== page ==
I just read this awesome article from Jeff Schmitt at BusinessWeek, A Frank Talk With You, Boss. Please do click on this link and read it. It should be posted everywhere. Jeff succinctly laid out 28 ways managers fall short, with pictures too. Click on each picture for detail explanation.
Maybe we can make posters out of each of the cartoons and frame them like the ones that they sell at www.despair.com. I am not advertising for them. I just love their honesty.
Here are what I see as the complexities in helping bosses realize that they are falling short.
1. As human being one of our top fears is FAILURE, especially failing in public. So every boss wonders about their success as a leader, but are afraid to find out. Because finding out would mean one might have to admit to failing at some level.
Their ego blocks them from the pain of the truth, so they don’t ask, don’t admit it, and can’t ask for help. The truth might be too detrimental to bear.
What makes the dynamic even more complicated is that as human beings, we are unaware that our ego is doing this. This is a human condition. We don’t know that we are afraid, and that our ego is trying to protect us. Most of the time, we are busy dealing with life and having reaction, without being consciously aware of the reason underneath.
2. Most people around them are afraid to be honest. First of all people are afraid of conflict. That is our natural instinct. And to tell someone they are not doing a good job, that is one of the top 5 ways to create conflict. There are so many risks in telling the truth, especially to a bad boss who doesn’t want to hear it, is like committing career suicidal.
3. Most people don’t know how to have these hard conversations, in a way that is healthy. So they usually avoid, sugar coat, gossip (not address it directly), tell jokes, be sarcastic, resign, or at worst case blow up the place.
As you can see it takes lots of COURAGE to change a bad boss, both for the boss and for the people around them. For someone to hear that they are not cutting it as a boss, it is DETRIMENTAL to their ego. So we need to support them:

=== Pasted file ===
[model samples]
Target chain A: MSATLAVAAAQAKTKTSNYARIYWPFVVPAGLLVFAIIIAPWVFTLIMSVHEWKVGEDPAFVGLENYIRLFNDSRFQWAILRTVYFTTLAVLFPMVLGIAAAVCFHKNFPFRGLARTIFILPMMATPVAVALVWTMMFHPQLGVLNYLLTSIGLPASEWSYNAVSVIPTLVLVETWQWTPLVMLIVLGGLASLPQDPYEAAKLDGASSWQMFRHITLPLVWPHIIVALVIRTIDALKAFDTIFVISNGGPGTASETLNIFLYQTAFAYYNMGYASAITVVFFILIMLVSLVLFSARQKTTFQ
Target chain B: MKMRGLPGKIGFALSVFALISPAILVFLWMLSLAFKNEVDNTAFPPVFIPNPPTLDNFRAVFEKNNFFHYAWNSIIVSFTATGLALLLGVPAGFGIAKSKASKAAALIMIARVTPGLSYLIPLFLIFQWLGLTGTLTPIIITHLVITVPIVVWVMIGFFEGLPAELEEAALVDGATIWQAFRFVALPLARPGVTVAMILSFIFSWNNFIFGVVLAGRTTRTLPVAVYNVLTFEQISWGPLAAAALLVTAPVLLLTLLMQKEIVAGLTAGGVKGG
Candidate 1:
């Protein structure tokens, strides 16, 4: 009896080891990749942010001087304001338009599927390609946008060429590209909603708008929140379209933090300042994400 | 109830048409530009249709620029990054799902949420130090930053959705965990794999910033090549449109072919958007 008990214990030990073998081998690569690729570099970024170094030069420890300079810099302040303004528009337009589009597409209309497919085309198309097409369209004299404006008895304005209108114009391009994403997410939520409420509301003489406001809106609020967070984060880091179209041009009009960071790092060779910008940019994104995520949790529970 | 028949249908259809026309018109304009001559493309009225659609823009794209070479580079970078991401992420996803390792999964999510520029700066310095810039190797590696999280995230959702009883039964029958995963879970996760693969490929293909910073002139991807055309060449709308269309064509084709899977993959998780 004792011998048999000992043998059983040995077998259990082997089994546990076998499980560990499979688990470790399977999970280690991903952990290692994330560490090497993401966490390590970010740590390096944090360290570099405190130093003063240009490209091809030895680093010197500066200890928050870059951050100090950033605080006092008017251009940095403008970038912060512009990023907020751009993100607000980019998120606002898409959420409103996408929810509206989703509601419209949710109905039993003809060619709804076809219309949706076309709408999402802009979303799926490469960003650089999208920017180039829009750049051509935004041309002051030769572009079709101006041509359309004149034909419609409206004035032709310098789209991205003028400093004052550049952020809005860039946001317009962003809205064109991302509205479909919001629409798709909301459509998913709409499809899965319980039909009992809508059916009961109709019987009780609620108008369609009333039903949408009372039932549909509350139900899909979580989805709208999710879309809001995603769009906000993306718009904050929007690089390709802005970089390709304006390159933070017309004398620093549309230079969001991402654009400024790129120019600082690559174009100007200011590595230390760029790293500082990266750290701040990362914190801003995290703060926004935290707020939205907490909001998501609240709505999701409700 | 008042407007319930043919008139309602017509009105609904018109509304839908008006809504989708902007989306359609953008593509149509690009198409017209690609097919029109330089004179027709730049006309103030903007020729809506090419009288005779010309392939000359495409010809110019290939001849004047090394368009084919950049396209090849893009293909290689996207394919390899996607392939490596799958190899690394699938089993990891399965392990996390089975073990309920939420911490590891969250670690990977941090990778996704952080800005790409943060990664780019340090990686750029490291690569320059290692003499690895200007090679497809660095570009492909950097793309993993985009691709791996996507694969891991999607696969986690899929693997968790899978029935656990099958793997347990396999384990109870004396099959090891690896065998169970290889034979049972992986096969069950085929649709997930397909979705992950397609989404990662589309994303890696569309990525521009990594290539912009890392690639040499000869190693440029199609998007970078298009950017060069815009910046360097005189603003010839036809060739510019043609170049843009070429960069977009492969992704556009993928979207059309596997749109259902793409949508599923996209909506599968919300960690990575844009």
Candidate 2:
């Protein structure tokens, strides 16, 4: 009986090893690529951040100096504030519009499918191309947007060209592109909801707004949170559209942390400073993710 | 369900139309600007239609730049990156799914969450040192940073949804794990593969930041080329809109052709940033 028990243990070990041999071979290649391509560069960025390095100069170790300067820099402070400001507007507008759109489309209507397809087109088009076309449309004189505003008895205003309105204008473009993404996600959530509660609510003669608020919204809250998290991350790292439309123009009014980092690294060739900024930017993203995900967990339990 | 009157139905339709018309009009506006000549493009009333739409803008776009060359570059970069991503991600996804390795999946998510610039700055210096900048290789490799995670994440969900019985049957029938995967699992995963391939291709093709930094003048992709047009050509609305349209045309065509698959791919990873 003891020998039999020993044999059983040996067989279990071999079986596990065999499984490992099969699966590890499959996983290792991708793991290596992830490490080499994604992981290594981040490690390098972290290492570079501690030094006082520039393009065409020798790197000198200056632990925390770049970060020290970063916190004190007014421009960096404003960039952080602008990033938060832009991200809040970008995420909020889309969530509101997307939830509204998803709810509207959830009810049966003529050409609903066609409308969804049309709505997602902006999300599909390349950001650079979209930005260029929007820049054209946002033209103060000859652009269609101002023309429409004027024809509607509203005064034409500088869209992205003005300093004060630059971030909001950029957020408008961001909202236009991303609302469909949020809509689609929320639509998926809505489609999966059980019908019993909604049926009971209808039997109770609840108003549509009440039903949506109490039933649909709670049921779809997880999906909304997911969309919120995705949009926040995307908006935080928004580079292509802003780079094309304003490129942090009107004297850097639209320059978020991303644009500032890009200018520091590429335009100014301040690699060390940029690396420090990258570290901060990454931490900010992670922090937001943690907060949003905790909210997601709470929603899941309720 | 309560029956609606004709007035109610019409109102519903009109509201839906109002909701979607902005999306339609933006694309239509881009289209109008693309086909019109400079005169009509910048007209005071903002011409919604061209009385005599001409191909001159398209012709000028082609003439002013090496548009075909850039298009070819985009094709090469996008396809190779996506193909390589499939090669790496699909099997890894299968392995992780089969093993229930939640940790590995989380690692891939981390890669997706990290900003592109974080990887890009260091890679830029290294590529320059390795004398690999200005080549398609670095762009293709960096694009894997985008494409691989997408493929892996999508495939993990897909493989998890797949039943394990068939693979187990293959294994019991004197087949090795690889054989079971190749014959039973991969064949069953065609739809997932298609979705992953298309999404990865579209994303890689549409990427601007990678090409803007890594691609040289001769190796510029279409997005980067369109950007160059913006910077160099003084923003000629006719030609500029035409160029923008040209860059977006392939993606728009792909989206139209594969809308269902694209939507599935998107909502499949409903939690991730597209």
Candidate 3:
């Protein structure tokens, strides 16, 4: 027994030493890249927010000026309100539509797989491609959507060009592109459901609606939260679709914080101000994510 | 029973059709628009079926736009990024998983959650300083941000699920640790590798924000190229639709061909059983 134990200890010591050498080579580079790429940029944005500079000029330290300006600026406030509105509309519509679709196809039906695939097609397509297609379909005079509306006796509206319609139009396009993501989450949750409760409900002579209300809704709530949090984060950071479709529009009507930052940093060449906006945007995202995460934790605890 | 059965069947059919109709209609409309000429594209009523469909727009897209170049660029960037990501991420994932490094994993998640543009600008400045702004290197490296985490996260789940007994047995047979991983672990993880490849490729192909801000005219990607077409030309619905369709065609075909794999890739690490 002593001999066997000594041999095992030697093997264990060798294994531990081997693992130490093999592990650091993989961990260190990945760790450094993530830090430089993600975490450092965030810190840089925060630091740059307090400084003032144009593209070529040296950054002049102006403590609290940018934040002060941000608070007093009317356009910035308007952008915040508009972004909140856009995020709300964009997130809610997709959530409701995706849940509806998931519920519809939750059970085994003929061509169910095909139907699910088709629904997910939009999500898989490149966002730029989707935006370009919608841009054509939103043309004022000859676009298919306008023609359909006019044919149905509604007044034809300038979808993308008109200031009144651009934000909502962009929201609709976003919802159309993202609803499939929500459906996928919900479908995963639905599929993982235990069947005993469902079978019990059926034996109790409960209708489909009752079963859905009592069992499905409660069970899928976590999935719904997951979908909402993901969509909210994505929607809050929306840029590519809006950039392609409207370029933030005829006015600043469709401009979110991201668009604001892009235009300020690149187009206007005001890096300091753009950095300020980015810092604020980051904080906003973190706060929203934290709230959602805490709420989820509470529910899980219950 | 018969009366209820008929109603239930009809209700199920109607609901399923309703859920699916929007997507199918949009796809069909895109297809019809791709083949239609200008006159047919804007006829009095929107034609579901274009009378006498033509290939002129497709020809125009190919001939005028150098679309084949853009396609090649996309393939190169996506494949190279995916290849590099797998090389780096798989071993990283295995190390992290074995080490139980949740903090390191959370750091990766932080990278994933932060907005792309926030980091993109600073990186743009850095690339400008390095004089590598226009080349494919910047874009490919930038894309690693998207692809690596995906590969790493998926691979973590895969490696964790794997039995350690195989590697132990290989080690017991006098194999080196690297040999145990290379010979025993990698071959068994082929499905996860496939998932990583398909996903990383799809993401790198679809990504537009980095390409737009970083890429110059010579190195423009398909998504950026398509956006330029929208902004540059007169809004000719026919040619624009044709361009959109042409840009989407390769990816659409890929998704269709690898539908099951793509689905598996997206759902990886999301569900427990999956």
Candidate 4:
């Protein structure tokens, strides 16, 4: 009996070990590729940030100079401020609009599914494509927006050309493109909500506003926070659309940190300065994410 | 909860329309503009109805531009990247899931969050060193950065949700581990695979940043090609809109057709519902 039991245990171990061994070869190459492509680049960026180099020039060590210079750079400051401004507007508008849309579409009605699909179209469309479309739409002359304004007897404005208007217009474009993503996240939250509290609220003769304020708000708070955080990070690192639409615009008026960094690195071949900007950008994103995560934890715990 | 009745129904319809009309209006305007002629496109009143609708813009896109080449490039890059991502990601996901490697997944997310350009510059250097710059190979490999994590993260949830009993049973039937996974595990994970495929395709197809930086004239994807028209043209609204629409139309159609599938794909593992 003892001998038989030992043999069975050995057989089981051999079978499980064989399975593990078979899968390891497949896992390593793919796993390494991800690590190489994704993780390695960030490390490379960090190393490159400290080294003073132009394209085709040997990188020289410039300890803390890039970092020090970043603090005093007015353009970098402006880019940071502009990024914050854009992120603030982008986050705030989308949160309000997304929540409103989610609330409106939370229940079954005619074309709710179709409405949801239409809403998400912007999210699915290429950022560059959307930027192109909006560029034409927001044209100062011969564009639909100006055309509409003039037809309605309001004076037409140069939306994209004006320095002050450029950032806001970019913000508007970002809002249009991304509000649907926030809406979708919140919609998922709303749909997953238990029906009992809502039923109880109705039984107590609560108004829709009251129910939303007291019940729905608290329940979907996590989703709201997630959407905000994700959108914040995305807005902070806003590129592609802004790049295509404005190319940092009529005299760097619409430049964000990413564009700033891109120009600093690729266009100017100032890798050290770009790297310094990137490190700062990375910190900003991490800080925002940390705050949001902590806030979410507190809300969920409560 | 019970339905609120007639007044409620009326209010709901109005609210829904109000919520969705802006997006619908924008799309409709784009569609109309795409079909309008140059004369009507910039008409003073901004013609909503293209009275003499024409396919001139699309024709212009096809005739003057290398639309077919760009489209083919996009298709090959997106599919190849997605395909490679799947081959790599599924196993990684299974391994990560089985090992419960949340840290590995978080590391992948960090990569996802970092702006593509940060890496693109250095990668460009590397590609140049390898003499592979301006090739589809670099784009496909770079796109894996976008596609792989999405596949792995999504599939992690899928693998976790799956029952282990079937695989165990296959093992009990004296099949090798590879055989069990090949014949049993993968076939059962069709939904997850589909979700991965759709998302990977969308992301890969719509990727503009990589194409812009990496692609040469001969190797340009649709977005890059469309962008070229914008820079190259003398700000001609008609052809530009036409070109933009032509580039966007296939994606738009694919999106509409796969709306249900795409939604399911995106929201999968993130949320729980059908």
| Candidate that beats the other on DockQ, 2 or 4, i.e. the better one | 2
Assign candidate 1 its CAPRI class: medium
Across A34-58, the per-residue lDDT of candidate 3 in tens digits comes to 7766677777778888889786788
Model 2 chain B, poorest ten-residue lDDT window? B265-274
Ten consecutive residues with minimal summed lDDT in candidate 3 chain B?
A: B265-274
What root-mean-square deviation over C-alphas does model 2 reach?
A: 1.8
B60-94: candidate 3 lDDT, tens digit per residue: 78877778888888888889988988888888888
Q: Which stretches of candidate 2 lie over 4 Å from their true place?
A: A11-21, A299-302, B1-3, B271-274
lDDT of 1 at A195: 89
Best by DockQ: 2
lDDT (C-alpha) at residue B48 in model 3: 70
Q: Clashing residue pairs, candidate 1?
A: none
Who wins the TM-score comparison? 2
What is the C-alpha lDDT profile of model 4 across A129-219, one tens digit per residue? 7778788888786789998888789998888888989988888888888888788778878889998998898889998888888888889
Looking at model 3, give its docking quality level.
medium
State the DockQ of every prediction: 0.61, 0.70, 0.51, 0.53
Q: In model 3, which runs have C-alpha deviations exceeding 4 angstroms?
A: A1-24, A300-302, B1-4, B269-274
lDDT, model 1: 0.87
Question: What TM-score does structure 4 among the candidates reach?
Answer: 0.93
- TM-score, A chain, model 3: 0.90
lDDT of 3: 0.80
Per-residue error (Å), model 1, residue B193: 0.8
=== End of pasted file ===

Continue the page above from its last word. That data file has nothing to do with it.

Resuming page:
1. We must remember that underneath all of the bad behaviors is an individual who is wanting to contribute. They are AFRAID: afraid of the truth, afraid of not cutting it, afraid to be fired, afraid that they don’t know how, afraid, afraid, afraid. So it is our job (the brave feedback deliverers) must muster up all the compassion that we have inside us, and give that to them. If you come from LOVE, you can say anything and they can hear it. If you come from judgment and and disapproval, you don’t have to open your mouth and they will shut down.
2. We need to beef up on our ability to CHAMPION them. After you deliver their short coming, you have to be able to right them back up emotionally. It’s not codling, nor is it a brief pat on the back “there, there, you are ok.” It’s a sincere place that you know inside what they are capable of. So yes, dear feedback deliverers, you must be able to see a glimpse of their possibility as a leader, beyond the icky behaviors. AND you must TELL them, remind them, make sure that they hear you in the midst of their break down.
Now for the other side: Bosses, when someone muster up the courage to tell you the truth either by their resignation or an elusive comment on some 360 feedback form, go and THANK them. Make sure they are safe to tell you this. Of course I realize that most bad bosses probably wont be reading my blog. But anyway, let me just speak to those of you who do read my blog. Anytime someone gives you a comment or feedback, please remember that this is very scary for them. Please reassure them that you appreciate them for doing this, or for giving you this gift. Do not “Yea, BUT” Do not say anything with a “but” in it! I mean it.
So the skills that are important in receiving are:
1. Appreciation and affirmation that they are safe in doing this.
2. When you can’t hear anymore, you may say “Thank you, but this is tough for me to hear. I need to go and ponder this.” Another word “ENOUGH, I CAN’T TAKE IT ANYMORE” You get to be gentle with yourself, have clear boundary so that you can survive the feedback.
And last but not least, please go talk to your coach about this. It may be self serving here. But your coach will help you process the information much gentler and easier than what your critical mind will do to you. So save yourself, call your coach.